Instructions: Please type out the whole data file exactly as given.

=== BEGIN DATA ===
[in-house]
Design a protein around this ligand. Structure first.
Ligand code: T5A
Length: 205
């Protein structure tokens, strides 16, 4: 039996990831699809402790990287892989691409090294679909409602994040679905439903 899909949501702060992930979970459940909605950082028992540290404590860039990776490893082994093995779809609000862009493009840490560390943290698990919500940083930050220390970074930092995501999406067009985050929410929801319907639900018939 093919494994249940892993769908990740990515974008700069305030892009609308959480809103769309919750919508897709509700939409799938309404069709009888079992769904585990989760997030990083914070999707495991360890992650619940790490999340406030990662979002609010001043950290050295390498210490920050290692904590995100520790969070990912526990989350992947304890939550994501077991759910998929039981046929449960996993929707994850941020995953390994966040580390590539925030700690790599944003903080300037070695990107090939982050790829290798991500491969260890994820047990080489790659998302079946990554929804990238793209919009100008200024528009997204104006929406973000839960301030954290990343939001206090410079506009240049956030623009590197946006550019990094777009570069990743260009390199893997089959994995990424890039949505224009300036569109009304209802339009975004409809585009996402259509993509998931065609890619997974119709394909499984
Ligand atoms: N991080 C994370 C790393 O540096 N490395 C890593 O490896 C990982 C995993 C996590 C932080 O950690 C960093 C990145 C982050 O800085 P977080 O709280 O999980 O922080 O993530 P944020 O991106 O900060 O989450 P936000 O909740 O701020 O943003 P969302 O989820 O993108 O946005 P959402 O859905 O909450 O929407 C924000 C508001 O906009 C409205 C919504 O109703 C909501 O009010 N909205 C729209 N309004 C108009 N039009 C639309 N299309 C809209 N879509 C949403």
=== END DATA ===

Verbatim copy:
[in-house]
Design a protein around this ligand. Structure first.
Ligand code: T5A
Length: 205
């Protein structure tokens, strides 16, 4: 039996990831699809402790990287892989691409090294679909409602994040679905439903 899909949501702060992930979970459940909605950082028992540290404590860039990776490893082994093995779809609000862009493009840490560390943290698990919500940083930050220390970074930092995501999406067009985050929410929801319907639900018939 093919494994249940892993769908990740990515974008700069305030892009609308959480809103769309919750919508897709509700939409799938309404069709009888079992769904585990989760997030990083914070999707495991360890992650619940790490999340406030990662979002609010001043950290050295390498210490920050290692904590995100520790969070990912526990989350992947304890939550994501077991759910998929039981046929449960996993929707994850941020995953390994966040580390590539925030700690790599944003903080300037070695990107090939982050790829290798991500491969260890994820047990080489790659998302079946990554929804990238793209919009100008200024528009997204104006929406973000839960301030954290990343939001206090410079506009240049956030623009590197946006550019990094777009570069990743260009390199893997089959994995990424890039949505224009300036569109009304209802339009975004409809585009996402259509993509998931065609890619997974119709394909499984
Ligand atoms: N991080 C994370 C790393 O540096 N490395 C890593 O490896 C990982 C995993 C996590 C932080 O950690 C960093 C990145 C982050 O800085 P977080 O709280 O999980 O922080 O993530 P944020 O991106 O900060 O989450 P936000 O909740 O701020 O943003 P969302 O989820 O993108 O946005 P959402 O859905 O909450 O929407 C924000 C508001 O906009 C409205 C919504 O109703 C909501 O009010 N909205 C729209 N309004 C108009 N039009 C639309 N299309 C809209 N879509 C949403």